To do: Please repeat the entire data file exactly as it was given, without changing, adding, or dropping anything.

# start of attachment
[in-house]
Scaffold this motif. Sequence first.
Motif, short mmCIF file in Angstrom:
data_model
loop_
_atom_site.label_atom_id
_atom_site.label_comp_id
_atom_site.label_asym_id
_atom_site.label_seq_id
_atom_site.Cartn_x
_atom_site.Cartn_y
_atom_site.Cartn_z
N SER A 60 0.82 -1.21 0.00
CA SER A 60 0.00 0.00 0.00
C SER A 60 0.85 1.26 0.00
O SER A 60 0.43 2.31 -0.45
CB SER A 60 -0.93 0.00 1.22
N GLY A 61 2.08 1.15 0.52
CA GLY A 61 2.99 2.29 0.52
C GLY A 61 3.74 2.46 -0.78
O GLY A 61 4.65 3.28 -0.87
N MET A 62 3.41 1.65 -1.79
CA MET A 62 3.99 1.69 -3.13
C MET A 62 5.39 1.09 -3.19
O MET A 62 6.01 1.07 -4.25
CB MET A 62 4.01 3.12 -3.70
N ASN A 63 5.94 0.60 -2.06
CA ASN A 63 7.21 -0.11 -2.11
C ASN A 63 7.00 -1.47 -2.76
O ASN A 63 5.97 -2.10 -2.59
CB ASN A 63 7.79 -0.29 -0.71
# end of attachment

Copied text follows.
[in-house]
Scaffold this motif. Sequence first.
Motif, short mmCIF file in Angstrom:
data_model
loop_
_atom_site.label_atom_id
_atom_site.label_comp_id
_atom_site.label_asym_id
_atom_site.label_seq_id
_atom_site.Cartn_x
_atom_site.Cartn_y
_atom_site.Cartn_z
N SER A 60 0.82 -1.21 0.00
CA SER A 60 0.00 0.00 0.00
C SER A 60 0.85 1.26 0.00
O SER A 60 0.43 2.31 -0.45
CB SER A 60 -0.93 0.00 1.22
N GLY A 61 2.08 1.15 0.52
CA GLY A 61 2.99 2.29 0.52
C GLY A 61 3.74 2.46 -0.78
O GLY A 61 4.65 3.28 -0.87
N MET A 62 3.41 1.65 -1.79
CA MET A 62 3.99 1.69 -3.13
C MET A 62 5.39 1.09 -3.19
O MET A 62 6.01 1.07 -4.25
CB MET A 62 4.01 3.12 -3.70
N ASN A 63 5.94 0.60 -2.06
CA ASN A 63 7.21 -0.11 -2.11
C ASN A 63 7.00 -1.47 -2.76
O ASN A 63 5.97 -2.10 -2.59
CB ASN A 63 7.79 -0.29 -0.71